12 July 2009

On Paglia On Hate Crimes

The debate, such as it is

Camille Paglia's latest assault on the senses (scroll down) stems from a reader's letter expressing the same old shopworn confusion about hate crimes: why do we not just punish people the same for the same net result? "If I am murdered, is that less heinous than a member of a protected class being murdered?" asks Steve Larson of Conejo Valley, California.

This question misses the entire point of hate crimes legislation by reducing the issue to "one dead black/gay/Muslim person > one dead white male." Hate crime legislation is not predicated solely on the identity of the victim, but on the motivation of the individual committing the crime: the victim must be targeted based upon a protected characteristic. Of course, the characteristics are all in fact race/gender/religion/sexual orientation neutral, but let's face it: people don't usually target white straight male Christians because of those particular characteristics, so the popular image of the law is that it protects African-Americans, Jews, gays, women to a greater degree and thus by implication lowers the relative value of everyone else.

The alternative image problem of hate crime legislation is the one Paglia addresses and embraces:
I have been on the record since the 1990s as strongly opposing hate crimes legislation. I think it is a totalitarian intrusion into citizens' thought processes. Government functionaries should not be ceded the dangerous authority to make decisions about motivation. They aren't novelists, psychologists or sibyls! Furthermore, there should be no special privileged class of protected groups in a democracy. A crime is a crime -- period.
Of course, crime is a crime – period. Murder is a crime. So is terrorism. If a person commits an act of terrorism that kills five people – plants a bomb at a shopping mall, say – and another kills his entire family in the confines of their home, also five people, are those equivalent crimes? Based on the raw loss of human life, you might say yes. Of course, terrorism is called terrorism for a reason: it's meant to instill fear in a targeted population, to extend far beyond the tangible consequences of the individual act and to disrupt society at large. The man who murders his family, on the other hand, though he may be a monster, is unlikely to have caused the same systemic shock as the terrorist. While each has taken the same number of lives, we instinctively feel that the terrorist is worthy of greater punishment, and by and large our laws presently reflect that judgment.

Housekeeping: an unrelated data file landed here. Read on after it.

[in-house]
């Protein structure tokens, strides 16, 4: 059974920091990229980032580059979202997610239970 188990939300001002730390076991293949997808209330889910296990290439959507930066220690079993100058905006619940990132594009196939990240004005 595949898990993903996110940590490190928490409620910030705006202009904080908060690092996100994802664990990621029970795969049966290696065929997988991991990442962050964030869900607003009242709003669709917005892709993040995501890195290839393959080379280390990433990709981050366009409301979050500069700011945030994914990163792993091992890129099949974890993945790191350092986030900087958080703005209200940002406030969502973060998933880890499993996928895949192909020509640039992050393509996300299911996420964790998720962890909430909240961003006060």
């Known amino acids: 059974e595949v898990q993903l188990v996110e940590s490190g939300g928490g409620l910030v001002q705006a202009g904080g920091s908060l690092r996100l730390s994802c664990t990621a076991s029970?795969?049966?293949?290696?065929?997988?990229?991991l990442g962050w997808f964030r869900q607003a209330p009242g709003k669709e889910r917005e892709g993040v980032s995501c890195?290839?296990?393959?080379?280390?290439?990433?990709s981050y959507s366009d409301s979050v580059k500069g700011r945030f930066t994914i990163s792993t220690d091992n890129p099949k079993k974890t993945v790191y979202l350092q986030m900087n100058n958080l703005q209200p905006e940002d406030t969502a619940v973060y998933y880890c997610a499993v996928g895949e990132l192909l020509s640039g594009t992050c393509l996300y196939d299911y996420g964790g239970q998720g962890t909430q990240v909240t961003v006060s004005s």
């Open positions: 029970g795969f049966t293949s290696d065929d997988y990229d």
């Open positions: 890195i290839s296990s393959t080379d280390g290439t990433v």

Terrorism is an instructive example, because hate criminals are basically terrorists. They target people based on a protected characteristic and then victimize them. The immediate victim suffers, but the broader audience for the act, intended or not, is all members of that protected group, and beyond that, society at large. When Emmett Till was beaten to death for addressing a white woman, it was an act of political violence reinforcing the deeply illegitimate regime of Jim Crow by demonstrating the impunity with which whites could victimize blacks. When Matthew Shepard was beaten and left to die, tied to a fence post, it was an act of political violence reinforcing heterosexual dominance by demonstrating the worthlessness of homosexuals.

I bring up Shepard because Mr. Larson and Ms. Paglia do. Curiously, Paglia, who considers inquiring into the motivations of Shepard's killers by the government "totalitarian," professes to give them the benefit of the doubt as to those same motives:
Although I am a supporter of the death penalty in extreme cases, I think there were ambiguities here: The aimless hooligans who beat Shepard and tied him to a fence perhaps didn't necessarily mean to kill him.
But "a crime is a crime -- period," right? Who cares if these "aimless hooligans...didn't necessarily mean to kill" Matthew Shepard – they did, didn't they? Yet Paglia believes, based on her perception of the observable indicia surrounding the case, that the killers – whom she reduces to "hooligans," as though they'd bashed in a couple of mailboxes instead of another human being – are worthy of some measure of clemency.

Hate crimes legislation is not thought policing. People are just as free to be bigots as they ever were, provided that they do not translate their poisonous beliefs into violent actions. By adopting hate crimes legislation, society recognizes this political violence for what it is – an attempt by private actors to demonstrate that the full rights and privileges of American citizenship do not apply to all Americans. Much like President Bush opined that terrorists "hate us for our freedom," hate criminals target their victims because they presume to be equal. When this fundamental equality is denied, it is only proper that a democratic society should demonstrate the legitimacy of its political order by raising the cost of that denial.